Real Answers from Real Pilots

Am I taking the best route?

Hello, to be straight forward, I live in Ohio and I am starting from scratch. I am a senior in high school taking some basic CCP classes like comp 1 ect… and I have no certificates related to this field or experience aside from a (discovery flight). Currently I am planning to go to a state accredited two year college for about one year and then transfer all my credits to kent state University to continue my education by acquiring my bachelor’s degree in their “aeronautics flight technology” program. My goal is to one day work as a major airline pilot. My concern here, among other things is the pricing. This degree at kent state with special flight fees included is approximately $110,000.00 and I am willing to do whatever it takes to aquire my goal here so I will pay it if I have to. However I do not want to be spending this kind of money if there are better/cheaper options out there that will get me to where I want to be in my career as well.

So in conclusion, I just want someone advice from someone who has already become a major airline pilot and has a good amount of knowledge and experience in this field about weather I am making the right choices here or if there are better options out there that you might recommend.

Alex,

I would suspect Kent State will end up costing you more than $110,000 as they are probably quoting the FAA flight time minimums and not what it actually takes students to get their licenses. You could look at attending community college, then transferring to Kent State for a non aviation degree, then attending a school like ATP and see what that would cost you.

Chris

Alex,

To as you say get to the point, while no one can question Kent is a fine school ATP would literally cost you half. As Chris said you could somewhat stick to your plan except get the 2 yrs, go to ATP, build your time and finish your studies as a Regional pilot getting paid, building time and getting reimbursement for some of that training. WhIle the decision is yours, they’re are definitely not only less expensive but more efficient options.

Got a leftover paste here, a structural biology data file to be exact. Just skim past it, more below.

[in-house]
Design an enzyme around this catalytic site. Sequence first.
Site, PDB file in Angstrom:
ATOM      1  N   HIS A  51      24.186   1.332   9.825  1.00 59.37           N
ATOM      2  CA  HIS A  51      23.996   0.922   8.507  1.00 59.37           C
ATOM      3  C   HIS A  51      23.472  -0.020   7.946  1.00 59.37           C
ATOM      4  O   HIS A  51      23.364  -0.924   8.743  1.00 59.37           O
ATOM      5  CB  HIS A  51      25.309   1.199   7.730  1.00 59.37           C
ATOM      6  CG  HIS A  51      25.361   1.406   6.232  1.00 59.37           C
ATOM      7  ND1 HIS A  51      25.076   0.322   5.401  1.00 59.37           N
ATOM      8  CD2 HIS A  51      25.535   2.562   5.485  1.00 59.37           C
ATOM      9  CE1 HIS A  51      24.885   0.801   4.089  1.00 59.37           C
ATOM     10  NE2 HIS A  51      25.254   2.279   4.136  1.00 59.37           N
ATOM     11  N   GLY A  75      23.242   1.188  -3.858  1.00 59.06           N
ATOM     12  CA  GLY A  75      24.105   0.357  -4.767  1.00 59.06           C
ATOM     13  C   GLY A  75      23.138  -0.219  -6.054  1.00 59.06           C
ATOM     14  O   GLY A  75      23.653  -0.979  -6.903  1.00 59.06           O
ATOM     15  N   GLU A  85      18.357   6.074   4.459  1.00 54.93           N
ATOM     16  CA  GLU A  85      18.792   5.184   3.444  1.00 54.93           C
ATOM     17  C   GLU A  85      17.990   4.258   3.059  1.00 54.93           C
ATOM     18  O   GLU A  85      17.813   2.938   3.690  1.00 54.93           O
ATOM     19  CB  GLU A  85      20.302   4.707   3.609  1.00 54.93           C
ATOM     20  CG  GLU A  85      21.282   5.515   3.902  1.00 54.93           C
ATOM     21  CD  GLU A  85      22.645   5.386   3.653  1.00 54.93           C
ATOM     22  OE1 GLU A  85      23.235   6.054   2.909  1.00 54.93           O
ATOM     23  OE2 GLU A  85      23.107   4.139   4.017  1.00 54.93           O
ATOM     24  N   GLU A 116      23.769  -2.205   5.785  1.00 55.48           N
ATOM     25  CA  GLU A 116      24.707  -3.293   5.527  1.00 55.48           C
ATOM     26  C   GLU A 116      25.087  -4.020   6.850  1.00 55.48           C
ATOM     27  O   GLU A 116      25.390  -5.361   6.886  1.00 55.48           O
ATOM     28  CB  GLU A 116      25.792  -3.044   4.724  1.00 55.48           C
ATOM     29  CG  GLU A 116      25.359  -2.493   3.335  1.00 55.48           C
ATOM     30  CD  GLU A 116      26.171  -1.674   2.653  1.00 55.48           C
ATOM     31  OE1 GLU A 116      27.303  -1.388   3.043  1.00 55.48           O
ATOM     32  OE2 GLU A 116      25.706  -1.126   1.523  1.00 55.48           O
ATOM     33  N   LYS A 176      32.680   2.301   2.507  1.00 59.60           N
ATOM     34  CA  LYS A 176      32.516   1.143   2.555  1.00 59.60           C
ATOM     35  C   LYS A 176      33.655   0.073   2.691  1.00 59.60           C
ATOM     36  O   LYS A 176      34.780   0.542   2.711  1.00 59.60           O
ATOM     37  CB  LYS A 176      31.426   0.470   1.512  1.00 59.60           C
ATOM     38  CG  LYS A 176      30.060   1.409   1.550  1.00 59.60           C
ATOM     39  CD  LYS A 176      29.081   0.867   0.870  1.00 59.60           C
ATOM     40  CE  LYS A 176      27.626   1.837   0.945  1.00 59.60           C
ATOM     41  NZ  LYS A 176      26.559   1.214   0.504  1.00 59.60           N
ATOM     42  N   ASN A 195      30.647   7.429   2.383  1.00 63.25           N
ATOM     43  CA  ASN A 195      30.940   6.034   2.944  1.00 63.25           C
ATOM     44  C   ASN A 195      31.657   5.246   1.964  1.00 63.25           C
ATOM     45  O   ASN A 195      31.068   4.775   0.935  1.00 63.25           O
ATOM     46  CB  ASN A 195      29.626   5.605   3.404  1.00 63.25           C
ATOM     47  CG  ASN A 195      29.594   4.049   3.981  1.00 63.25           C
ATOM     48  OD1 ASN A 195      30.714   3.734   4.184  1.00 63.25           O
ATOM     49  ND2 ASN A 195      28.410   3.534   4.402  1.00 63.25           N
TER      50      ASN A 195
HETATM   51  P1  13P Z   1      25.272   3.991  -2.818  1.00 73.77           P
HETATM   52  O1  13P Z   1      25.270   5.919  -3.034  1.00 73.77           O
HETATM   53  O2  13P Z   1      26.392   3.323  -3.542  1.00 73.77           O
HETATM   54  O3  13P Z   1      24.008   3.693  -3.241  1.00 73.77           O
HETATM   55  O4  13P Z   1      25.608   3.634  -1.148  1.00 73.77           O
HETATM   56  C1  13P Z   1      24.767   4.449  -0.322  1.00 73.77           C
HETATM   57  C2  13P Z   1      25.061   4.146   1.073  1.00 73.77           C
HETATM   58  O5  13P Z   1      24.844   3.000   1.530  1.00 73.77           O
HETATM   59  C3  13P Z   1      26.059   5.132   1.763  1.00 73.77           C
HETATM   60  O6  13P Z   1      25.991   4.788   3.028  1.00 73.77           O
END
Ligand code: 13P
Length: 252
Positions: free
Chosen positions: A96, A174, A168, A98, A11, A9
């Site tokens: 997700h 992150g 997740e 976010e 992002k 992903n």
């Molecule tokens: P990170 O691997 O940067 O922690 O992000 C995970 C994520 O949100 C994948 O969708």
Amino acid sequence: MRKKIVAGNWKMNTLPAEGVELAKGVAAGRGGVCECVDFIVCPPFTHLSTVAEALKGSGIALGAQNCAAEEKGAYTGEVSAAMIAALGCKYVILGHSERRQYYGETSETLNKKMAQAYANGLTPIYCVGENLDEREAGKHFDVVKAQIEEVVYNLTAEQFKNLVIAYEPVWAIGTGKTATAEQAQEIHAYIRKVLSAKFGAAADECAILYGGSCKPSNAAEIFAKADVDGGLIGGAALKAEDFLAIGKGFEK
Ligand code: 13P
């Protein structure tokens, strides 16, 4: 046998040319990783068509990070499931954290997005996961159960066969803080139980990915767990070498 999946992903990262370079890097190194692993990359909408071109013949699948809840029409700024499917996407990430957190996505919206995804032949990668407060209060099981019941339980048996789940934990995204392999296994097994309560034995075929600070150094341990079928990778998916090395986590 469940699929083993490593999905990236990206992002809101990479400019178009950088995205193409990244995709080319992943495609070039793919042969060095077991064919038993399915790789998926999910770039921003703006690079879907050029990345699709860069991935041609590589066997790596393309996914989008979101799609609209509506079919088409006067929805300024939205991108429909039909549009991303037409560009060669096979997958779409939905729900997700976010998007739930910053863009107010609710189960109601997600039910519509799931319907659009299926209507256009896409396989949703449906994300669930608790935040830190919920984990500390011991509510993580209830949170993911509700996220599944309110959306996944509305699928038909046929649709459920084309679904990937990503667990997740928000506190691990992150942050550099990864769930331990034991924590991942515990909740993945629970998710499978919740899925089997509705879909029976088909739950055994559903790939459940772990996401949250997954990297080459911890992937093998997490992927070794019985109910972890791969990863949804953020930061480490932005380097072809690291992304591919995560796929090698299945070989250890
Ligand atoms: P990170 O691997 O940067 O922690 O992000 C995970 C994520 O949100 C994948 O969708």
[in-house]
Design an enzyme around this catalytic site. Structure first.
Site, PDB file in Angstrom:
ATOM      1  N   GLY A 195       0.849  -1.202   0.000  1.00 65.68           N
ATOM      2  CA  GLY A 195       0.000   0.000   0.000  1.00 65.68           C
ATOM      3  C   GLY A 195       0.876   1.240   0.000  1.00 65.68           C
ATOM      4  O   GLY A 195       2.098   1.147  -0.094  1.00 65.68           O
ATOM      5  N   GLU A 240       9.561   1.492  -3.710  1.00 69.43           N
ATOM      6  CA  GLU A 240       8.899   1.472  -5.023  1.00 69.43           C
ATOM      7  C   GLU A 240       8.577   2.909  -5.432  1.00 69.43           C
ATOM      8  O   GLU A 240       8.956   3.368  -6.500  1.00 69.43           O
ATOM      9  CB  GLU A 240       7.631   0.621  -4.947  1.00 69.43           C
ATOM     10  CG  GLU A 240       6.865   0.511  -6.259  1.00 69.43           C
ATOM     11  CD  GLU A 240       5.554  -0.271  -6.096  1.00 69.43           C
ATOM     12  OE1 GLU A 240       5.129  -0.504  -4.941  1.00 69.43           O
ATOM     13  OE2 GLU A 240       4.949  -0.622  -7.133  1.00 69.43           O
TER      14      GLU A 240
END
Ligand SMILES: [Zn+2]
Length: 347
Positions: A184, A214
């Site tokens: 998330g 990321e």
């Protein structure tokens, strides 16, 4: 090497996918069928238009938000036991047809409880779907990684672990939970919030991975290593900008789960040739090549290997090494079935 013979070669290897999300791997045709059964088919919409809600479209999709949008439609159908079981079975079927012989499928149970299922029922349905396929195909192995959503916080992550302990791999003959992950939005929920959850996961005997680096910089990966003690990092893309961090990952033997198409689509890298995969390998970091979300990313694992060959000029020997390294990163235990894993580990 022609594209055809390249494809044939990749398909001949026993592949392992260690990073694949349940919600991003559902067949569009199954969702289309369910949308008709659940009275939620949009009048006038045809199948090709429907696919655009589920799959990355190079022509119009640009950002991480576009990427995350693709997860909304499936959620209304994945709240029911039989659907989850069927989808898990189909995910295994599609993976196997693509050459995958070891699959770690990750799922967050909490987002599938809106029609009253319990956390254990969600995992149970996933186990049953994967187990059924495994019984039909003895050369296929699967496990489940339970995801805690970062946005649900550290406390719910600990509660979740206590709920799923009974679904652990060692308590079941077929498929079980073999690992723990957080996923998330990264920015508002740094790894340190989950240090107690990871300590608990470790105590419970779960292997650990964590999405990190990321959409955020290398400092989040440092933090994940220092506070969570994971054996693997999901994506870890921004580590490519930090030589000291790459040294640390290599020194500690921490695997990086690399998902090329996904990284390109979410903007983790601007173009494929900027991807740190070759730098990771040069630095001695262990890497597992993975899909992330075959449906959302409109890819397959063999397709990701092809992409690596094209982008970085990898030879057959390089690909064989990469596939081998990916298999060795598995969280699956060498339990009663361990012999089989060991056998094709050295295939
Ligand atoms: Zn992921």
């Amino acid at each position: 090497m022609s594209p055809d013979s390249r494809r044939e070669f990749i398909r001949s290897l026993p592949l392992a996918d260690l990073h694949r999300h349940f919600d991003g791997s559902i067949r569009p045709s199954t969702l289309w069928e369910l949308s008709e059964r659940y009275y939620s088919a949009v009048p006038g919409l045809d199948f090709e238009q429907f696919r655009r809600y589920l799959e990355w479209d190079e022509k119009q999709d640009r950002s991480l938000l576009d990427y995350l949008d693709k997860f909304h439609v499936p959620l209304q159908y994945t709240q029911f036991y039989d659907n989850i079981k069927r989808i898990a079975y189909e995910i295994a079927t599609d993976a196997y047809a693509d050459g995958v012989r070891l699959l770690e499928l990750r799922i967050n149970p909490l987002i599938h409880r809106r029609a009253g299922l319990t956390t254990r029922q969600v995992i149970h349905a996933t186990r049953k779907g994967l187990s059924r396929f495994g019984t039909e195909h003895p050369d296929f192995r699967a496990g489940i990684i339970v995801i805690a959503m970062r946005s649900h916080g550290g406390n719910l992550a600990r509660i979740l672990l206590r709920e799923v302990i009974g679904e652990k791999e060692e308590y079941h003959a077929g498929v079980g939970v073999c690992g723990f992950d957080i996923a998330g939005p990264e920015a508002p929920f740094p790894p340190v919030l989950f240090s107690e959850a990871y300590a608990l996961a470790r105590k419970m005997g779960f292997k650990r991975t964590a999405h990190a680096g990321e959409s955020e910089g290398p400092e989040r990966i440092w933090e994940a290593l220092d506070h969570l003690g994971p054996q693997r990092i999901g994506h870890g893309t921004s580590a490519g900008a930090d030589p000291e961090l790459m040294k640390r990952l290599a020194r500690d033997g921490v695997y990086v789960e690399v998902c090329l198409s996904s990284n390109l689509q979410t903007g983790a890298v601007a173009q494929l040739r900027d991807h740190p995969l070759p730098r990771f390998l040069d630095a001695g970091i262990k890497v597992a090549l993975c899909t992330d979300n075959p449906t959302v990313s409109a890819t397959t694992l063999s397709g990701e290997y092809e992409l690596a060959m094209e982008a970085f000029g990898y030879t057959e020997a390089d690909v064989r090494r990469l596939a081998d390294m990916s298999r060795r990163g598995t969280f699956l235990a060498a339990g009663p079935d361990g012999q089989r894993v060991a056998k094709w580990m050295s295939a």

Adam

Just to clarify, are you saying that I could get an associates degree, then go to ATP to acquire all the licenses to become a regional pilot, then get a job as a regional airline pilot to built flight hours while simultaneously working towards the bachelors degree that is required to work at a major airline? if so, are there any recommendations or requirements set by ATP for as to what I should have said two year degree in?
Also, according to Chris, I should look into getting a non aviation degree from Kent. Does it not matter what my major is? If it does, what general field do you recommend that I should major in if not aviation?
Thank you both, Adam and Chris for your help.

Yes Alex that’s EXACTLY what I’m saying.

While I agree with Chris in principle that it’s always a good idea to have a Plan B and get a degree in something other than aviation (as a back up in case flying doesn’t work out, illness, just change your mind, whatever), I’m not as against it as he is. If you have a passion for it there are many other careers in aviation so if that’s what you want to study I say why not? Same goes for your 2yr degree. Study what you like. The fact is when it comes to the airlines (both Regional and Major) they couldn’t care less what you study as long as you have the degree. I know pilots with degrees in everything from law, engineering, music, art history, EVERYTHING. If you enjoy aviation study it, got something else? Study that.

Adam

Alright, now I have another question. When it comes to tuition reimbursement, ATP’s website says “If you accept the airline’s offer, they make a financial contribution toward your loan payment and you make a commitment to fly for that airline.”. What does it mean when it says “make a commitment to fly for that airline.”? Is it like a contract that forces me to work for that airline for a set amount of time? If so, do you know how long or does it vary?

Alex,

Again that’s exactly what it means. You wouldn’t expect an airline to pay for your training without getting a commitment to fly for them? Why would they? As far how long I’m not certain but I believe it’s 2 yrs? For a specific answer you could call ATP directly or just wait a little. If I’m wrong usually someone in admin will pop-up and correct me :slight_smile:

Adam